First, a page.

Micah Ruelle: Two Poems
The Last Birthday Gift
my father gave my mother
was a pistol. Small, like her.
Who did he imagine
she would have to become?
The Miracle Mobile
is running on fumes, and the check engine light
came on 70 miles back. But this is not about
the car that left me stranded just outside of Big Bend,
is it? It’s a metaphor for all the ways I push my luck
by not going to the doctor or putting the address in
while driving. I’m kidding. ish.
When I turned the key in Marfa, it sounded a little funny—
a slight hiss somewhere buried in the engine
like a cancer in a body. Most tragedies begin
with ignoring. Maybe you know this scene well:
boots out the window and swamp-assed
in the backseat of a car with no AC
under the merciless Texan sun,
waiting for AAA, when I finally begin to signal
to all the parts of my life I’ve ignored
that wound up costing me sums too large to pay,
at least up-front or in full. I’m supposed to tell you
about the sweet days of youth, losing my V card,
the bitterness of aging, hardness of living,
scraping for money, losing god.
But, I figure it shook out alright.
Maybe even better than I could’ve hoped,
should I wind up picked apart by vultures
before I’m rescued. It’s not that acceptance is easy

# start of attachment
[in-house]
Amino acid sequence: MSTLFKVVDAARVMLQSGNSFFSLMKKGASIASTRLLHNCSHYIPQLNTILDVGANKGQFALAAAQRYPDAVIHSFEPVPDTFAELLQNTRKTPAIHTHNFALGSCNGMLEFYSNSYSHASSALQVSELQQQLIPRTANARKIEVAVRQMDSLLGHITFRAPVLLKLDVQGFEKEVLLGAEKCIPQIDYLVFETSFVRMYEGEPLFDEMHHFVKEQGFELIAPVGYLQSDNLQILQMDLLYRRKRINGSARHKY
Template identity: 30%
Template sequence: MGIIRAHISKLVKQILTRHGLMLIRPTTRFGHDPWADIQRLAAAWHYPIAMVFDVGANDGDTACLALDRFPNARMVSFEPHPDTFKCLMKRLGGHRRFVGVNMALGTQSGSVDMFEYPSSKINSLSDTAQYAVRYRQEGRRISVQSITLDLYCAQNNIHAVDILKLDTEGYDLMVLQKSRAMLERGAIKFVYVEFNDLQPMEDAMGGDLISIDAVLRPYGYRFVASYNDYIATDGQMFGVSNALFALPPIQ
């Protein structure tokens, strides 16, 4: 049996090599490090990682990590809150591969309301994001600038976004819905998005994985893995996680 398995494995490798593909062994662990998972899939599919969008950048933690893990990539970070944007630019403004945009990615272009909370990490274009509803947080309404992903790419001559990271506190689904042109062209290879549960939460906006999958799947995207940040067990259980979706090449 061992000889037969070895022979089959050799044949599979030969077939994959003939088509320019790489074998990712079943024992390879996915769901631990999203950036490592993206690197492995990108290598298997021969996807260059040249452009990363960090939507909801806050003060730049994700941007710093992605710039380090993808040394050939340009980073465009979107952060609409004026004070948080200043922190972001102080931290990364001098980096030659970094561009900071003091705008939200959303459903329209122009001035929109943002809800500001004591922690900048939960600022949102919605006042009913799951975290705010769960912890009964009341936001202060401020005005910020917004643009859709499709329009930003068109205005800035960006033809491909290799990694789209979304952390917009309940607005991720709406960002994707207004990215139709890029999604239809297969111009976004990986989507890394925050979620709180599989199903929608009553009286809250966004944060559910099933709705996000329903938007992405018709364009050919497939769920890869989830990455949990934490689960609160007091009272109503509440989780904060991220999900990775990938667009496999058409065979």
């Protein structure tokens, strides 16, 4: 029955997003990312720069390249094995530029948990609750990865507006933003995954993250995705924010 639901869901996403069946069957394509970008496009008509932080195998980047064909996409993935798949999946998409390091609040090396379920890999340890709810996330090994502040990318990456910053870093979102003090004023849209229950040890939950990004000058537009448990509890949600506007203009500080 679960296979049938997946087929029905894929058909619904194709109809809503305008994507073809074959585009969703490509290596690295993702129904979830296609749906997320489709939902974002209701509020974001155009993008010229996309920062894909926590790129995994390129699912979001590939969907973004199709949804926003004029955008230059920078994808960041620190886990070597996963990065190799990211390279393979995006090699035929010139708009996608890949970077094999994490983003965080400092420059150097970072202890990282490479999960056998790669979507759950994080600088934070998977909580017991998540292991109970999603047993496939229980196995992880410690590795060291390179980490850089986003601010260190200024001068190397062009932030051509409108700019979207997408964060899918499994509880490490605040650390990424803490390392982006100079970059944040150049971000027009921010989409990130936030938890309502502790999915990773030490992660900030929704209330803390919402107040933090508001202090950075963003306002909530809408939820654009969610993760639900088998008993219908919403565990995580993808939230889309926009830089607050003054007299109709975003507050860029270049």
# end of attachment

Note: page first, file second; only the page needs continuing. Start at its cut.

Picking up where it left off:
for me, it’s that I’m really tired of trying
to pump this thing full when a valve is loose—
maybe a leak? Who knows? The answer is buried
beneath the engine. And even when the oily AAA guy
pops the hood, poking around inside like a medic
digging for bullets, and says “I’m real sorry, it’s all gone to shit.
You’ll have to tow and junk it.” It’ll be cool. I’ll be cool.
I’ll dig through the compartments of the car like a thief.
I know what I’ll have to face when I haul
my big ass up and into Oily’s truck.
He’ll say—more ponderingly than mean:
“Shouldn’t those old things have another 100,000
on ‘em? You must’ve been too rough with it.”
At that point, should I come clean?
Should I tell him that once, I forgot to change the oil
for quite some time, and when I finally remembered to check it—
thousands of miles over the prescribed limit—the dipstick
was bone-dry but that the car was still running like a dream
on dreams? Maybe the last prayer that the miracle mobile
ran on was its own for me: that one day I could bury its body
in peace, knowing it would’ve wanted me to arrive home
in one piece, into and through my own body.
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